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  1. “Have you tried?”

    Hyundai was now well-established in the field of construction, and had succeeded in building much of Korea’s road infrastructure. But Chung Ju-yung’sambition of building up Korea was far from done. He wanted to put Korea on the map by expanding business overseas. And what better way to do it than to build ships. But Korea had never built a carrier ship before, that’s why when one engineer heard about the shipbuilding plans, he remarked, “It is impossible!” But Chung Ju-yung argued, "how does one know it’s impossible if one hasn’t tried it?" In order to secure funds for this seemingly unrealistic goal, Chung Ju-yung pulled a 500 Won note out of his wallet and showed it to the committee of investors. On the bill was a reproduction of Korea’s famous Turtle ship, the world’s first iron clad vessel, built in 1592. The point was made, Mr. Chung’s enthusiasm and a surprisingly innovative argument got Hyundai the funding. Thus was born Hyundai Heavy Industries in 1972. It was this moment in the history of Hyundai that gave rise to the expression: “Have you tried?”, a simple statement that became the company’s governing philosophy and an internal motto that continues to lead Hyundai to this day.
  2. Looking over the horizon

    In the 1970s, president Park Chung-heewanted to breathe new life into the Korean economy. So, he began to encourage Korean companies to grow their businesses in global markets. Not surprisingly, Hyundai took the lead again. After successful projects in Iran and Bahrain, the company was invited to take on the most monumental and risky project in the Middle East: the Jubail Harbour Facility. The final bidding in Riyadh was tense. After a nerve-rackingly climactic meeting, Hyundai was announced the clear winner. The reason for Hyundai’s winning bid was its unconventional approach. By shipping 120,000 tons of material from Ulsan in Korea all the way to Saudi Arabia, Hyundai managed to cut costs drastically and shave 8 months from the construction time. In the end, the Jubail Harbour Project came to be known in the construction industry as “The wonder of the world” with the project fetching assets equalling to as much as half of the Korean government’s entire annual budget for the year of 1976.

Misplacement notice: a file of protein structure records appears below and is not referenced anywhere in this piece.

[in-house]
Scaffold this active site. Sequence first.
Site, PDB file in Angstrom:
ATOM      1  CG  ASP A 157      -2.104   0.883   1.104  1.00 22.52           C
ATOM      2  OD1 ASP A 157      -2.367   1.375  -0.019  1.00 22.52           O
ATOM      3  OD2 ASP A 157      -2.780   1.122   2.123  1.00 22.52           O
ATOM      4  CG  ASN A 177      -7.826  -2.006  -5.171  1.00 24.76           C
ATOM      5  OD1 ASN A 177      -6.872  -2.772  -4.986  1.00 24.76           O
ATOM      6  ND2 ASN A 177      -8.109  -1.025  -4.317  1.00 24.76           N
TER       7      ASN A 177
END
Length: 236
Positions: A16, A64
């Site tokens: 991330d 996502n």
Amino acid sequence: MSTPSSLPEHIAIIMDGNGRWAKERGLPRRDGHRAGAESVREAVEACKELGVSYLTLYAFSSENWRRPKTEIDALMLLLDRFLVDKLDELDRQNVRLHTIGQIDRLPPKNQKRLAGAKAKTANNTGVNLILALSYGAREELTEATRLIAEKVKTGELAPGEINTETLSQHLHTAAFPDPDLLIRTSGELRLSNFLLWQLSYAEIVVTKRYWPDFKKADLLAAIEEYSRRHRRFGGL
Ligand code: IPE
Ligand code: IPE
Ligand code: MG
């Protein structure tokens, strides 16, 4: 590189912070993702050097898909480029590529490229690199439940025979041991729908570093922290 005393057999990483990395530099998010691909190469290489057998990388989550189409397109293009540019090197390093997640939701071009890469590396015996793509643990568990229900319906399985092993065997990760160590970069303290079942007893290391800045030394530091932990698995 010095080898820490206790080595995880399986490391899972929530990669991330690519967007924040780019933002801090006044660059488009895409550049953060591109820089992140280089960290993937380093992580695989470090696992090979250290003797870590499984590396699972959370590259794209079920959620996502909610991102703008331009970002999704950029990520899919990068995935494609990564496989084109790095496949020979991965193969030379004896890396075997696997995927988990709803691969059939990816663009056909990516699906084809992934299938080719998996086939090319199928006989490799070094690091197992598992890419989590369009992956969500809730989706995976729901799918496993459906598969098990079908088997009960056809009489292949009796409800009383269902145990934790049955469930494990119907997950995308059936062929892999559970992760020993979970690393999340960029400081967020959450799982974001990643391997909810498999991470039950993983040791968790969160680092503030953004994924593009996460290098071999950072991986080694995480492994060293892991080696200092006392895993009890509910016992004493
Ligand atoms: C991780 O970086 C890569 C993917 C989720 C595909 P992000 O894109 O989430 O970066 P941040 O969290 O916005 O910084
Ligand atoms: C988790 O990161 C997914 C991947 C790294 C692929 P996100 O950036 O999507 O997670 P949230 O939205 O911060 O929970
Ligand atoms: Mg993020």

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  1. Building a national car

    “If roads are the veins of our nation, then cars are its blood.” –Chung Ju-yung. Hyundai had already proven itself in roads and bridges, the next step was to fill them. In 1967, during the second wave of Korea’s national rebuilding project, Chung-Ju-yung founded Hyundai Motor company. Soon after, HMC went in search of a design assistant and chose ex-British Leyland president, Sir George Turnbull. He was immediately hired as the Vice President of the Hyundai Motor Company. With the expertise of Sir Turnbull, Hyundai went about building an engineering centre and a new assembly plant in Ulsan in half the time. The Ulsan assembly plant was built on an empty swamp. Where others saw the swamp as an obstacle Chung Ju-yung saw an opportunity. As Sir Turnbull noted at that time, “Mr. Chung believed he could achieve anything if he put his mind to it.” Soon, his vision became reality and Korea’s first mass-production car, the Pony, rolled off the production lines, earning the nickname Kuk-min-cha, meaning “car of the nation”.